NEW YORK -- Even when the New York Knicks were losing at a manic pace, losing at a Larry Brown and Isiah Thomas pace, the notion that they had made a bum deal with Denver was not worth the paper Mike D'Antoni's defensive schemes weren't written on.
D'Antoni's newfangled team had dropped nine of 10, George Karl's Nuggets had evolved into a monument to good, can-do chemistry, and still the Carmelo Anthony trade remained one of the best trades in Knicks history.
"This is a league of stars and talent," Toronto assistant P.J. Carlesimo said, "and the Knicks got two more stars and a ton more talent."
The Raptors found out the hard way Tuesday night, watching as the home team scored an absurd 78 first-half points on the way to a 131-118 victory that gave D'Antoni his 100th win as Knicks coach, a record north of .500 (39-38) and a reason to mock someone else's idea of defensive intensity for a change.
Anthony and Amare Stoudemire each finished with 23 points, leaving the Knicks with another case study in why their fans should forget the trade's short-term pain and revel in its long-term gain.
Not only do the Knicks have more star power and more winning postseason experience and more players who can make a big shot and command a Game 7 whistle in a first-round series with Miami or Boston. They also have a talent base that will attract a superstar coach in the event D'Antoni doesn't work out between now and the end of next season, a superstar coach who won't count against a shrinking salary cap.
Knicks fans should ask themselves this question: Would the likes of Phil Jackson and Doc Rivers be more willing to coach their team if the roster paired Stoudemire with Wilson Chandler, Danilo Gallinari and Raymond Felton, or with Anthony and Chauncey Billups/Chris Paul/Deron Williams?
"When a franchise player or marquee talent comes along in the NBA, you have to grab him," Toronto general manager Bryan Colangelo said of Anthony. "The Knicks now have two considerable pieces, maybe a precursor to more, and as a first-round foe I'm sure everybody's worried about playing them."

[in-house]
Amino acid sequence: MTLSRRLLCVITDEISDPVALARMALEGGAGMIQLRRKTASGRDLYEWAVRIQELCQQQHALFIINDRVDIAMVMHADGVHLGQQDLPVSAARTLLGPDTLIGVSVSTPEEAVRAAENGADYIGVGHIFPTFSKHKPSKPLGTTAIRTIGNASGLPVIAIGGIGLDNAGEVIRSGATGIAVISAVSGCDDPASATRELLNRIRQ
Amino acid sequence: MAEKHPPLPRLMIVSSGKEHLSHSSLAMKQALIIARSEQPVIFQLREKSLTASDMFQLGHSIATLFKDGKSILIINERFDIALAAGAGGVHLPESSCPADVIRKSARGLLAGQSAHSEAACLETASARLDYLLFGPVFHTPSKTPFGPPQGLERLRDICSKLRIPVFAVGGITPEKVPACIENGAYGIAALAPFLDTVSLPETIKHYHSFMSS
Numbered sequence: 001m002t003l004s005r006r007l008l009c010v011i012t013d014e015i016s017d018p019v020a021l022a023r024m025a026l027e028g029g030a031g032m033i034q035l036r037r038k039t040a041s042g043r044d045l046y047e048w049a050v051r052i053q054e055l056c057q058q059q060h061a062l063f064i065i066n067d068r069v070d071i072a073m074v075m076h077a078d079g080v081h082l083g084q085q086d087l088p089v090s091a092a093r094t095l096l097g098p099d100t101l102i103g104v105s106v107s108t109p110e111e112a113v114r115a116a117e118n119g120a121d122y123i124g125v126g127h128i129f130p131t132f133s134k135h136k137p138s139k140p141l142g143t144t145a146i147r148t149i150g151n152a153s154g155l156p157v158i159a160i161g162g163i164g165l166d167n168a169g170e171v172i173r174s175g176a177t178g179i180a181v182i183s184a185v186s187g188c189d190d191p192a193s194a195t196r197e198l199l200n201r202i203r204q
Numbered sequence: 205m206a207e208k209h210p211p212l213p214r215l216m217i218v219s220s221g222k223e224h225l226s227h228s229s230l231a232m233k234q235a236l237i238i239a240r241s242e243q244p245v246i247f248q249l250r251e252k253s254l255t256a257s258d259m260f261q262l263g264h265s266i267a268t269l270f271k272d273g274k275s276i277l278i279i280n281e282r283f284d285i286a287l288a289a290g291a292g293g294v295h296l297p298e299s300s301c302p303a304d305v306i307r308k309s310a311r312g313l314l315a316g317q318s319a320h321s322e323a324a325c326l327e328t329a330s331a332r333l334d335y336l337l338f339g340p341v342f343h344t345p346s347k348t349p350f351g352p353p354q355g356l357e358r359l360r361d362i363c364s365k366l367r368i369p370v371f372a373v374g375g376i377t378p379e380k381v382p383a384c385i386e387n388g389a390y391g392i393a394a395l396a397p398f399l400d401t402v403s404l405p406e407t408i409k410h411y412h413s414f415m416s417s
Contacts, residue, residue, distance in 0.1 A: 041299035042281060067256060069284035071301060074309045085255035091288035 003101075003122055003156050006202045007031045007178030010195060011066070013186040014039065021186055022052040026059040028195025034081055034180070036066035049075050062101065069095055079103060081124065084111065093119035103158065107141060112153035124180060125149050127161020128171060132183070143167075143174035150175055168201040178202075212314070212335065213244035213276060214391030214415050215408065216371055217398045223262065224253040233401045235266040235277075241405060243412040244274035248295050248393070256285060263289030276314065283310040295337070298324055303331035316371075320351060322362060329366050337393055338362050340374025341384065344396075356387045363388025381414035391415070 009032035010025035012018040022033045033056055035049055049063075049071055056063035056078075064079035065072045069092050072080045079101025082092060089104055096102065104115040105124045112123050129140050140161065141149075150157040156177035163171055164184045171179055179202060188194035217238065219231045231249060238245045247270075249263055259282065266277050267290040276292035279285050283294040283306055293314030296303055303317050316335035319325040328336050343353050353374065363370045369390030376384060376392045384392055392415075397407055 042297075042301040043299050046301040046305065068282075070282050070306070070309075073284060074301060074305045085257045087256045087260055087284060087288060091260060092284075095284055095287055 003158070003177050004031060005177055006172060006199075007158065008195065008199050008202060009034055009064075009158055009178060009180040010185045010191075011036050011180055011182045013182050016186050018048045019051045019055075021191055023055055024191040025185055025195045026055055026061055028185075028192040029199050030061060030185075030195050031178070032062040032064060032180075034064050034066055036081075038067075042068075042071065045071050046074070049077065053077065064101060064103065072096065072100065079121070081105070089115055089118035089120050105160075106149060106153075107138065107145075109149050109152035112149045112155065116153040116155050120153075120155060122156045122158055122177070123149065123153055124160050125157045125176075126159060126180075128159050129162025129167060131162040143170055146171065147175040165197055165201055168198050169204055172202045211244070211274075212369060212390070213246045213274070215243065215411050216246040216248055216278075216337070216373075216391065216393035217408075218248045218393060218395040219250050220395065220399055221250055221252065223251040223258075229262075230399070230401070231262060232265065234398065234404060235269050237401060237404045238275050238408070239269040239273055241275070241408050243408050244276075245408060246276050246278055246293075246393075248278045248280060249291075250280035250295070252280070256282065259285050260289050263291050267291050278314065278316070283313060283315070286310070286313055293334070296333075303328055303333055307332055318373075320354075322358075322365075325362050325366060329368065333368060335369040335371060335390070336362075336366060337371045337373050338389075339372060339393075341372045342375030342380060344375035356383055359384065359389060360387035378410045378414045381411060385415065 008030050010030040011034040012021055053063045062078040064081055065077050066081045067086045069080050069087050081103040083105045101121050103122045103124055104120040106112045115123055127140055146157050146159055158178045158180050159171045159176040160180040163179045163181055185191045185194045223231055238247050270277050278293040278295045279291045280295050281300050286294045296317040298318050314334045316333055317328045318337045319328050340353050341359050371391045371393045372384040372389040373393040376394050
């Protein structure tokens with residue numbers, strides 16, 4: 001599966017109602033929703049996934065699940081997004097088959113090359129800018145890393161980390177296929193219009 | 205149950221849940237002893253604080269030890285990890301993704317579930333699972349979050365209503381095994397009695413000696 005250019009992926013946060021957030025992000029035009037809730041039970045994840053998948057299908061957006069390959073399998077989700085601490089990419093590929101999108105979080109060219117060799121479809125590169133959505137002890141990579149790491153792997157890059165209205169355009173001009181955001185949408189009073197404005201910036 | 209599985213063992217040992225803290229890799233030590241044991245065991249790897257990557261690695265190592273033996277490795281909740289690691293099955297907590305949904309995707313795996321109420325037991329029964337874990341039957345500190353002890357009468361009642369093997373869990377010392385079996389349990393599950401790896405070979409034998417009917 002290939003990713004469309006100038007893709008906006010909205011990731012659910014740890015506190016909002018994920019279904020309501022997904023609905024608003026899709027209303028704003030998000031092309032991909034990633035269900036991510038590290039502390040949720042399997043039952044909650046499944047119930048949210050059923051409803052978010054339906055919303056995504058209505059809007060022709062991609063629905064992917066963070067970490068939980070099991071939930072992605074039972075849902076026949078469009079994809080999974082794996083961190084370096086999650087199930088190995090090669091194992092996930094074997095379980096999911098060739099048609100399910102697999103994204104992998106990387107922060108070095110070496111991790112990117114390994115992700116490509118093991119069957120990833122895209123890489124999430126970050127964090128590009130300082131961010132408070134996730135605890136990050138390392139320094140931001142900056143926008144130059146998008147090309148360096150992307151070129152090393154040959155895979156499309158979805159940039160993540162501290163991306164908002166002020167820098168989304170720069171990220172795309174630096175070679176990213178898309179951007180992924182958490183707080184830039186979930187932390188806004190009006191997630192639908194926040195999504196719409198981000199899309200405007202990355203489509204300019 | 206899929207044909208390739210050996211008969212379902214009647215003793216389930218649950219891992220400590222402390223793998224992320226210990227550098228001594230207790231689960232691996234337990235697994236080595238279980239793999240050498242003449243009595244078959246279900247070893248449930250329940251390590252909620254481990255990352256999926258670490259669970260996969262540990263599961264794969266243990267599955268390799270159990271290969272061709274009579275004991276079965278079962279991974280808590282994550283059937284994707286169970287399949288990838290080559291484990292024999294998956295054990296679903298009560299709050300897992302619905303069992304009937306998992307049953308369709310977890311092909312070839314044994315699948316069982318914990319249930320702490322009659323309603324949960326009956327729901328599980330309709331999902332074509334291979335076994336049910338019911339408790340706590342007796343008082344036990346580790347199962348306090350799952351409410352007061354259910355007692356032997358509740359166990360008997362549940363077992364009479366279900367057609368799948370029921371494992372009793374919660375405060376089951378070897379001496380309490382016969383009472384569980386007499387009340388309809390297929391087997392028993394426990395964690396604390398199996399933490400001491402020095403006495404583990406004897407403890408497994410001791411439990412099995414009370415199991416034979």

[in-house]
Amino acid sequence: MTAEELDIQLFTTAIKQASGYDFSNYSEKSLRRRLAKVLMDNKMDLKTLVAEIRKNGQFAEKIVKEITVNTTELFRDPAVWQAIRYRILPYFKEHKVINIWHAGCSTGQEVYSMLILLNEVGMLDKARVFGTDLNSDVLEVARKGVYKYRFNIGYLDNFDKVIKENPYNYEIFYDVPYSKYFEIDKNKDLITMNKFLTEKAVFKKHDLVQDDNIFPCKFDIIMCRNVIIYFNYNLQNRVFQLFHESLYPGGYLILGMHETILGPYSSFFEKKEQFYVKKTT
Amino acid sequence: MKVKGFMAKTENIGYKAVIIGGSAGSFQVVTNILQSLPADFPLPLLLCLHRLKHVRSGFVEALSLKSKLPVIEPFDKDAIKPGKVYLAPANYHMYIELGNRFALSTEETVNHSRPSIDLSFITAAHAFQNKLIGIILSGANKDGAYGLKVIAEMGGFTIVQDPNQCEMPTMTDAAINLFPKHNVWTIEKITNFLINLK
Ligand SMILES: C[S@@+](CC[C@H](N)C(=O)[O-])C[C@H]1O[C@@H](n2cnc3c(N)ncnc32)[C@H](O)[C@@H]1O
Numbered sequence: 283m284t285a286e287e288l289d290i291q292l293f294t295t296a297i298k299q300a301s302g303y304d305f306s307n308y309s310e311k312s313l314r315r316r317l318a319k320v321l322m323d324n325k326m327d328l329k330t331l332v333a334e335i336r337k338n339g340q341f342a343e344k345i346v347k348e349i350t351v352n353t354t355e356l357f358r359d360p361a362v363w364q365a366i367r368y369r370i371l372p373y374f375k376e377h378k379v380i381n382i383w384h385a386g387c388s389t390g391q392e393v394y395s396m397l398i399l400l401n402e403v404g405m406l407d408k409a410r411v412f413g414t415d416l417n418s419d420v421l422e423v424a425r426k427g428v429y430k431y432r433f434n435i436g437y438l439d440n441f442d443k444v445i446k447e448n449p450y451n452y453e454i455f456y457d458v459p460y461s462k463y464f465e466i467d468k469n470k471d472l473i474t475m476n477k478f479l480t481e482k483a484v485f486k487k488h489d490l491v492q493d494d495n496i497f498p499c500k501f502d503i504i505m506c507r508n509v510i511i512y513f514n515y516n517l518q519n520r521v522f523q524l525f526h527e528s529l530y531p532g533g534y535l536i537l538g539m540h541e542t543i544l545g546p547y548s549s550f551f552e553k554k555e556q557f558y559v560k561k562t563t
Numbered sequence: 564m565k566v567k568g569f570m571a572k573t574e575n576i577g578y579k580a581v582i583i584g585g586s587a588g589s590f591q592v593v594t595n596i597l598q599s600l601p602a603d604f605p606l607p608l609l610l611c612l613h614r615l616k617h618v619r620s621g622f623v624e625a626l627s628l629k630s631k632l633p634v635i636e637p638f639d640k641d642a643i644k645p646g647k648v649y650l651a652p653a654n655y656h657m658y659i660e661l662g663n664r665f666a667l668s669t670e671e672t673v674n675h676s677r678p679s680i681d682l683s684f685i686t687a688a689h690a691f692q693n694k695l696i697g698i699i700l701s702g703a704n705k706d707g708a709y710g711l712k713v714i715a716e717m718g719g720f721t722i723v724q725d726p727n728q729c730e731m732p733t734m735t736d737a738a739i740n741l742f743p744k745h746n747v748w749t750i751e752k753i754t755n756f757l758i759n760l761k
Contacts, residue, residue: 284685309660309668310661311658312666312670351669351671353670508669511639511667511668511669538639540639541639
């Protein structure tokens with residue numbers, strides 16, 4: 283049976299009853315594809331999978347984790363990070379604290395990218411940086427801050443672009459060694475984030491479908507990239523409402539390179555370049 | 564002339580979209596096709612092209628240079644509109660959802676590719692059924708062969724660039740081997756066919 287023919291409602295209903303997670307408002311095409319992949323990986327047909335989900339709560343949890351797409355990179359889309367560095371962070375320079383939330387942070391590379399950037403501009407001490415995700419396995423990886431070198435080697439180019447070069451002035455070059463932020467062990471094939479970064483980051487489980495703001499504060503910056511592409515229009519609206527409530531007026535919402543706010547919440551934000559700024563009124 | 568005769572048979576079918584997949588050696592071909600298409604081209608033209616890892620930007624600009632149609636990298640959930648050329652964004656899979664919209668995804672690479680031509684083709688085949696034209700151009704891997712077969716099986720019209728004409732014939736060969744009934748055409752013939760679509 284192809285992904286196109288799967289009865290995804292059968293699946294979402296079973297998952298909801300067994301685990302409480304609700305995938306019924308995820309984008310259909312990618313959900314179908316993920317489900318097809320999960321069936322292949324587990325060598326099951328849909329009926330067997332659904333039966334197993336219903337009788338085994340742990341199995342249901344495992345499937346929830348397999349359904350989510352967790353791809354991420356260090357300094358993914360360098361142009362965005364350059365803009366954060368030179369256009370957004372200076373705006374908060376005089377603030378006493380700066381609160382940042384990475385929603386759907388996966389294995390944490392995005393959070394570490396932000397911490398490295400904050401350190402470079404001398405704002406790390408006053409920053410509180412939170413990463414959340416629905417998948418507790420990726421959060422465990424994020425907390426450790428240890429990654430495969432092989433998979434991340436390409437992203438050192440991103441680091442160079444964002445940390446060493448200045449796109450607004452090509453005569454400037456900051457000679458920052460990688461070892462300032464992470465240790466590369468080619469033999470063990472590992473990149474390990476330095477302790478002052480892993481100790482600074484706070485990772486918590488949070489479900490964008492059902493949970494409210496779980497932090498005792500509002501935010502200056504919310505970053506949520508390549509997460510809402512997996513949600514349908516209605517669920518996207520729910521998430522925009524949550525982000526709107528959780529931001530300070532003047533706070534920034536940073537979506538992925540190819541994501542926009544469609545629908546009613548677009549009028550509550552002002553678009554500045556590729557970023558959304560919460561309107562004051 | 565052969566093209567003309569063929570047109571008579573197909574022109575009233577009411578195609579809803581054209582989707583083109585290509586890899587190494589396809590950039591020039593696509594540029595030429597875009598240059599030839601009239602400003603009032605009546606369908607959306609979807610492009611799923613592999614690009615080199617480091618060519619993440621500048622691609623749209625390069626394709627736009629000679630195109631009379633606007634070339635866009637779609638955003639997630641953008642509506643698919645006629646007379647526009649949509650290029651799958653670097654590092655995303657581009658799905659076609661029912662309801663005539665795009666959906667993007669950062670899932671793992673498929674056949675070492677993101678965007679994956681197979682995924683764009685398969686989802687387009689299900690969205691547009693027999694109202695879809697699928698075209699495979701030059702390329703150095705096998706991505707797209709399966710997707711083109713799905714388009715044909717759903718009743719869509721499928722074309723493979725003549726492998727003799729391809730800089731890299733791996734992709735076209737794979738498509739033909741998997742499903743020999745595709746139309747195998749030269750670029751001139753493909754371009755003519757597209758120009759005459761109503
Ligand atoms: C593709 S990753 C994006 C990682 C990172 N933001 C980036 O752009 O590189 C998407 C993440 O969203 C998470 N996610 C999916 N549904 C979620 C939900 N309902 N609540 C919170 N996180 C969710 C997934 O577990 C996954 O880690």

Chances are, the Knicks will lose in Round 1 to the Miami Heat or Boston Celtics. But as a high Eastern Conference seed, you would surely prefer to take your chances with Indiana or Philly.
Heat president Pat Riley would FedEx LeBron James back to Cleveland if it meant avoiding another first-round series with the Knicks, who eliminated his team three straight years -- in three straight all-or-nothing games on Miami's home court -- in a different (but not forgotten) life.
When the Stoudemire-Anthony-Billups Knicks beat the Heat in Miami on that first Sunday night after the trade, Riley looked like he'd just seen Allan Houston make another endgame runner, or Clarence Weatherspoon shoot another endgame brick.
"Without question," agreed Carlesimo, "people aren't looking forward to playing the Knicks in the playoffs."
But the benefits of the Anthony deal aren't tethered to the Knicks' success or failure in this year's first round. "The biggest thing," D'Antoni said, "is the franchise is better for the long run with two of the best players in the game."
Even if D'Antoni isn't around to coach them.
The smart money says D'Antoni will return next season, likely a season shortened by a lockout, before Jim Dolan and Donnie Walsh (assuming Walsh is retained) decide if they can truly imagine a defensively challenged coach winning a title and inspiring a ticker-tape rain in a defensive-minded town.
If they can't paint that picture in their heads, they will go big-game hunting for a coach with the gravitas to lead the Knicks to their first championship since 1973. Jackson would be coming off a one-year sabbatical, his battery recharged and his love for the game possibly rejuvenated by the chance to come full circle in Red Holzman's seat.
Rivers is still talking about taking a vacation of his own, perhaps to watch his son Austin play his one-and-done season at Duke. Doc loved playing for the Knicks, loved the raging heartbeat of the city.
"For me, New York was the best, the best," Rivers said last spring. "Boston and New York are two sports-crazed cities, and you can't do any better, you really can't."
Of course, if D'Antoni's Knicks keep responding like they did against Toronto, Jackson and Rivers can stage their own celebrity apprentice contest for some other poor soul's job. But as long as D'Antoni treats defense the way NFL coaches treat kickers and punters, he will ultimately put himself in peril one time too many.
Jackson rejected the Knicks' past advances because his old team never had the requisite talent to book the homecoming. If nothing else, the Anthony acquisition gave him something to think about.
"You can't be afraid to make big deals," Colangelo said, "and that's what the Knicks did and it's going to pan out."
It's panned out for the Nuggets, who desperately wanted to be liberated from Anthony's diva-drama act. If Denver is deep and fun to watch, its roster is built to win 50 games and to lose in the second round year after year after year.
Meanwhile, with significant cap money to spend in 2012, the Knicks are positioned to make a credible championship run before Stoudemire's knees end up like Carlos Beltran's. And that wouldn't be so if Chandler, Gallinari and Felton made up Stoudemire's supporting cast.
Before securing his fourth straight victory, D'Antoni said he would do the Anthony trade all over again, regardless of whether Dolan forced his hand and Walsh's hand the first time around. "You would do it in a heartbeat," D'Antoni said.
"I think it's clear it's best for the Knicks."
Even if it's less clear that it's best for the coach.